Everybody thinks that whether someone cheats or not depends on how much they respect their partner. I can’t speak for everyone, but the reason I don’t cheat has a less to do with the person I am with, and a lot more to do with myself.
We make choices every day as temptation swirls around us in all its magical forms. Get out of bed—or don’t. Work hard—or don’t. Apply to grad school—or don’t. Drink a beer—or don’t.
Every choice we make, no matter how small, has an impact on what we think of ourselves. In turn, your life situation is a reflection of what you believe about yourself. When you make choices that grate upon your system of beliefs and betray the person you want to be, you’re disrespecting yourself more than anyone else.
Maybe you could cheat on your partner successfully for a long time—
Maybe it feels like you’re having your cake and eating it too. It’s warm and safe in the effervescent candyland of denial. But at the end of the day, you’re the one who has to look yourself in the mirror and like the person you see. If you make decisions you don’t respect, you’re the one who suffers the most.
I could cheat on my boyfriend and he’d probably never find out. He trusts me completely and we have a very healthy relationship. I could get away with murder. But then I’d have to wake up each day knowing what I’d done and knowing I don’t respect myself. I’d have to live with the pain of my betrayal. I’d have to look straight in his loving, trusting gaze, and send right it back, knowing how disgustingly unworthy I am.
And then once there’s a hole in my moral dam, why not indulge in a few more immoral gratifications? A lie here, a betrayal there, a slippery slope. I’d spin bulletproof webs of justification. Slowly my moral compass would loosen and swing free. Before too long, I wouldn’t know who I was anymore. It’d be so foggy and empty inside that I wouldn’t be capable of finding any truth and integrity inside myself, let alone recognizing it in others. I’d begin to doubt that I’m a good person. I’d trust no one, especially me. Pretending things are fine is all that I’d have. So I’d cling to it.
Sometimes, it’s not just a few random mistakes that chip away at your sense of self. It can be years of poor decisions that you didn’t even see until they’d stitched together and woven a tapestry of confusion. A beautiful tapestry that keeps you warm and comfortable, but oppressed at the same time—pinned down, lying in the bed you made.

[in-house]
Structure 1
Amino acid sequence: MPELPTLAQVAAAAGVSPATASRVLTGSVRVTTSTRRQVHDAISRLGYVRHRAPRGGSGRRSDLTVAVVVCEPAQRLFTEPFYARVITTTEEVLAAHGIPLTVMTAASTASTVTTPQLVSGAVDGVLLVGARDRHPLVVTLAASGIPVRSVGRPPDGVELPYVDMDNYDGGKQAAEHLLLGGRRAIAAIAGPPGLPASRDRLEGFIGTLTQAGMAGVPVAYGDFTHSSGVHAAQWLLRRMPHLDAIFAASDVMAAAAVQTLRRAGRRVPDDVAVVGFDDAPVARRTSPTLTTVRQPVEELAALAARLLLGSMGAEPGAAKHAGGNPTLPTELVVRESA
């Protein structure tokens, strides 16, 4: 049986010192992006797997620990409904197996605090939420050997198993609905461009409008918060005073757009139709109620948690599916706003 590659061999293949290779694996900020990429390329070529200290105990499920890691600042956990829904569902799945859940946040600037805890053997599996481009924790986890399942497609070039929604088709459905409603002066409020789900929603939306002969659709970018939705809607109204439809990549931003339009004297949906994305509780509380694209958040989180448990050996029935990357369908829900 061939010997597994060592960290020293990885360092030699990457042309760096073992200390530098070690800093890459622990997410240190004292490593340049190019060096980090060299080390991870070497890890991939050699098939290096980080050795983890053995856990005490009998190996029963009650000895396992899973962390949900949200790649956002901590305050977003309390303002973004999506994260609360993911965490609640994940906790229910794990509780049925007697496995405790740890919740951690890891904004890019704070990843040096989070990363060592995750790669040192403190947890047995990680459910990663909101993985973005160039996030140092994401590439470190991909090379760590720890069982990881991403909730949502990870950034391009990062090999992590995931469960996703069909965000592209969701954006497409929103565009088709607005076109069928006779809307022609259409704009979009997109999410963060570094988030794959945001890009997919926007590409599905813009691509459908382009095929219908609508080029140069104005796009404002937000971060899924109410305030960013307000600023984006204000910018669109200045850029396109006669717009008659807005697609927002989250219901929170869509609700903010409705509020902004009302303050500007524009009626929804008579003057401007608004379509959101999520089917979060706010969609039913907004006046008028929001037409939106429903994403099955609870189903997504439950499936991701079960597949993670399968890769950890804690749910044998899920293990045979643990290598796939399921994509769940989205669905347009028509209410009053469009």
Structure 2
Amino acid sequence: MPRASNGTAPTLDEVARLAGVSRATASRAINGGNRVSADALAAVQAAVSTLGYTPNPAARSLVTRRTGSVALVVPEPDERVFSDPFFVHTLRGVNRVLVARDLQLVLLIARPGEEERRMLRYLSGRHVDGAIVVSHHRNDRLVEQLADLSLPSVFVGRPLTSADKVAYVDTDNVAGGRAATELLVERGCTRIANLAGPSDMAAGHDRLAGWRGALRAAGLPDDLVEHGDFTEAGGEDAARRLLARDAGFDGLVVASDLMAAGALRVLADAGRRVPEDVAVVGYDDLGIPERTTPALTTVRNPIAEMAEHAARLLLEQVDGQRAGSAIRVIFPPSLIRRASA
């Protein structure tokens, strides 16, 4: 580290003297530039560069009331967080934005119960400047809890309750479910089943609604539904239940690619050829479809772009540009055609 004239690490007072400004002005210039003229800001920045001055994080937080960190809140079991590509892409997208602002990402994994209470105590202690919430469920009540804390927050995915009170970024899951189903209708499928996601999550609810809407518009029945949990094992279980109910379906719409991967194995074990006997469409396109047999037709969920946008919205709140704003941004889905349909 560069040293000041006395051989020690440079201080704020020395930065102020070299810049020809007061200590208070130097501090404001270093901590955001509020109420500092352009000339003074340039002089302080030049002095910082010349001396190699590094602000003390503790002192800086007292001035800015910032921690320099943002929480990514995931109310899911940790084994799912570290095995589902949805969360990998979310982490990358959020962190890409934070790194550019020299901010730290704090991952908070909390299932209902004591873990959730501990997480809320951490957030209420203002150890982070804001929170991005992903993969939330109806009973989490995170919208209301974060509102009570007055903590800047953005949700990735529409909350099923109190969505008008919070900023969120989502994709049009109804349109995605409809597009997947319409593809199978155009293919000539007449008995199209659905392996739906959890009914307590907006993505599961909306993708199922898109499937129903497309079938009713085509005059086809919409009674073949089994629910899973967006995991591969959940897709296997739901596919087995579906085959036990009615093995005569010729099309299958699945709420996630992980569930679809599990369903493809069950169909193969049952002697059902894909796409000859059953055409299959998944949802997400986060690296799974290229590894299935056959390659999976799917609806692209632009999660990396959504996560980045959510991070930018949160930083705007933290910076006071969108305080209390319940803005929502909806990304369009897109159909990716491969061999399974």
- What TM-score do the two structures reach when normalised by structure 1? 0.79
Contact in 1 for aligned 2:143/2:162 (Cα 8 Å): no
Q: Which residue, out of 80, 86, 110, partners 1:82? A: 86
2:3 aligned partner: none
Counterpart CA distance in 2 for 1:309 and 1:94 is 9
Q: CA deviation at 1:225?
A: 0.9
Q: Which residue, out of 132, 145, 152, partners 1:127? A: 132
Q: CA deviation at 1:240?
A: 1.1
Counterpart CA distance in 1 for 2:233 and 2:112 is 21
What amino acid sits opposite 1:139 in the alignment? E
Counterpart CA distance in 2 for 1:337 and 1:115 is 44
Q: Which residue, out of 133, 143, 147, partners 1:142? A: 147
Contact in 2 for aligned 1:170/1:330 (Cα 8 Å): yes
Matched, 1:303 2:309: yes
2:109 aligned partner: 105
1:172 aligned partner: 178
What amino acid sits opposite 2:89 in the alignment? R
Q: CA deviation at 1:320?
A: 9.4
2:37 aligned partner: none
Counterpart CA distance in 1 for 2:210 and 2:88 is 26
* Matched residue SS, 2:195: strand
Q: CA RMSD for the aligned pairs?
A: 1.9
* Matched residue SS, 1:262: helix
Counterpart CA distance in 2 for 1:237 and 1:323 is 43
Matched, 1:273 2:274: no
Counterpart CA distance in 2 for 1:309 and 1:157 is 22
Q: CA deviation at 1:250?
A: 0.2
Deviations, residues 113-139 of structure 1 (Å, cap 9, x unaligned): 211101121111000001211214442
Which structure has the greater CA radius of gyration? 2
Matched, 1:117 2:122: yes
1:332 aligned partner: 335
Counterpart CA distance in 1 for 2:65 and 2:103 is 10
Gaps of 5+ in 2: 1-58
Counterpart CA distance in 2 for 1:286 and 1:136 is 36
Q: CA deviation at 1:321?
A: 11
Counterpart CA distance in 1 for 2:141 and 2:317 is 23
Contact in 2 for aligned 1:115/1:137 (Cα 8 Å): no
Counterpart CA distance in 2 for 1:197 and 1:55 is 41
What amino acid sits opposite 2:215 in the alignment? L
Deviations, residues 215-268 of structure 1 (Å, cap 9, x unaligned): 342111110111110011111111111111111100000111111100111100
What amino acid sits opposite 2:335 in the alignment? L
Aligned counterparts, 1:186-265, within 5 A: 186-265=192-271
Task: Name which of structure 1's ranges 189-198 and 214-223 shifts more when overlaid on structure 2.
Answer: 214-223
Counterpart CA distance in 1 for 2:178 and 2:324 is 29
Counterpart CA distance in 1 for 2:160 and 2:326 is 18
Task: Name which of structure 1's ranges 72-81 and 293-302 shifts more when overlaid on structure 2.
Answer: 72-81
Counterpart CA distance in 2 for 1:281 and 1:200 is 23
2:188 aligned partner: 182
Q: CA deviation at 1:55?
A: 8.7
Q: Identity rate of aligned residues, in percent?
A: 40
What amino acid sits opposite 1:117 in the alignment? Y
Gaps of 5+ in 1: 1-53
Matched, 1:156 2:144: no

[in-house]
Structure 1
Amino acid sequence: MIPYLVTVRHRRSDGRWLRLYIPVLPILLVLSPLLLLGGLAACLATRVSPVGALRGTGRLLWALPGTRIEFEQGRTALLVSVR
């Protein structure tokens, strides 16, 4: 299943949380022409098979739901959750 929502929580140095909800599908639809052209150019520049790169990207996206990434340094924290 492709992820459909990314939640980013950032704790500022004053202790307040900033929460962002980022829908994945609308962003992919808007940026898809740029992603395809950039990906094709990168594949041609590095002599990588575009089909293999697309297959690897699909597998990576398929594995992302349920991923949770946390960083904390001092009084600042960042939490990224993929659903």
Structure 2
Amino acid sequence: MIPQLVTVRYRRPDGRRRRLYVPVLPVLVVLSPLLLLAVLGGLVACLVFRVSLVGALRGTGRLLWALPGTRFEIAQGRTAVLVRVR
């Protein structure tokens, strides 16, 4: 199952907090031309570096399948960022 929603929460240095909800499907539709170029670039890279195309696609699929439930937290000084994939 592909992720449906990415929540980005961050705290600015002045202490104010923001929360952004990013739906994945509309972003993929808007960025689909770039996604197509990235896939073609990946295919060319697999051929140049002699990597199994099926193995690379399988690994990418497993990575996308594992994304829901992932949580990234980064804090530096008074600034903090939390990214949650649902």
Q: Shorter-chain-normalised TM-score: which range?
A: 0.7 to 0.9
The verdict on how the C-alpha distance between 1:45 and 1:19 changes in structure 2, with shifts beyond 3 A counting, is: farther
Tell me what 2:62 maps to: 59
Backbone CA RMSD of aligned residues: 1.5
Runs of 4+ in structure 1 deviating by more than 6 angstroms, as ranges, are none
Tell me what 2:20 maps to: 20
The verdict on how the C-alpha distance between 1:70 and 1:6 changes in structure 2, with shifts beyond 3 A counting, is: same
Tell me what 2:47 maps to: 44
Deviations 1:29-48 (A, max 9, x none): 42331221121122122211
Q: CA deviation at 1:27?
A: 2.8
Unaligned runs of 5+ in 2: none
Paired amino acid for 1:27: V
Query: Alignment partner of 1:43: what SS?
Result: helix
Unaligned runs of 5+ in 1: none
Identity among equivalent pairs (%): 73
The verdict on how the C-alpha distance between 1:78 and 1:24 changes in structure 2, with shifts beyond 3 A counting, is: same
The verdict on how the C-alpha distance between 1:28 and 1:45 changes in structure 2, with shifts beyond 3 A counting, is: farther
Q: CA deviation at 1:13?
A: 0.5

How did all these choices come together to create a version of yourself that you don’t like?
Maybe all these decisions felt right and perfect in the moment. And you remember why you made them. But now, deep down inside you know it’s all wrong. You’re dying, you’re suffocating, you hate yourself. And what’s scarier is, you haven’t a clue how to fix it.
But then the next minute things seem so fun and easy, and do you really have it that bad? Could it work out after all? Are you worrying for nothing? Yes…yes. It’s so easy to pretend…
I’ll never forget the day I hit rock bottom. Five years ago, I was in my parent’s kitchen talking to my mom. She asked how I was and I began to vent about the tension between my brother, his girlfriend, and my alcoholic boyfriend; the tension at work with my boss. The apartment. My car. The police. A lot of difficult things had occurred in the past few weeks.
She sat there for a few moments quietly and I was waiting for her to say something comforting—offer some sage advice. Instead, she started shouting (very out of character).
“Jessica, you are making everyone in this family uncomfortable with your problems. We are all sick of hearing about and dealing with the messes you’ve made. You can deal with all these problems in Boston, but don’t bring your issues here. Not in this house.”
That was the moment I knew I couldn’t continue forward anymore. I needed to make some big changes in my life if I was ever going to feel ok again. I applied to the University of Sydney the next morning.
Figuring out how to escape the oppression of your own life choices is one of the toughest challenges in life. Some people never succeed. They creep toward old age feeling like sad wasted sacks of organic matter, garbage bags caught in the breeze. I had to put myself outside my comfort zone and make some really painful decisions to set things right. And it was a slow process. Nothing ever happens overnight, if it’s worthwhile. But pain and struggle is better than feeling nothing, right?
Nothingness is life’s default setting for a failed mission. It’s resolving yourself to the path you’re on and not thinking you have the strength or the will to do better. But you do and you can. One of the greatest things about traveling and living abroad is that it forces you to completely change your lifestyle. I clearly don’t have all the answers and I have to keep working hard to make the right choices. But for anyone who knows what it’s like to feel out of control of your life and totally off track (professionally, romantically, economically), the best advice I have is not to dwell on the past or the future. The future happens one decision at a time and we are imperfect beings. Try to think of the thing you dislike the most about yourself, and work on that, only that.
And, when faced with temptation, be selfish. Think of yourself first. Can you live and love the person who gives in? Will it be worth it?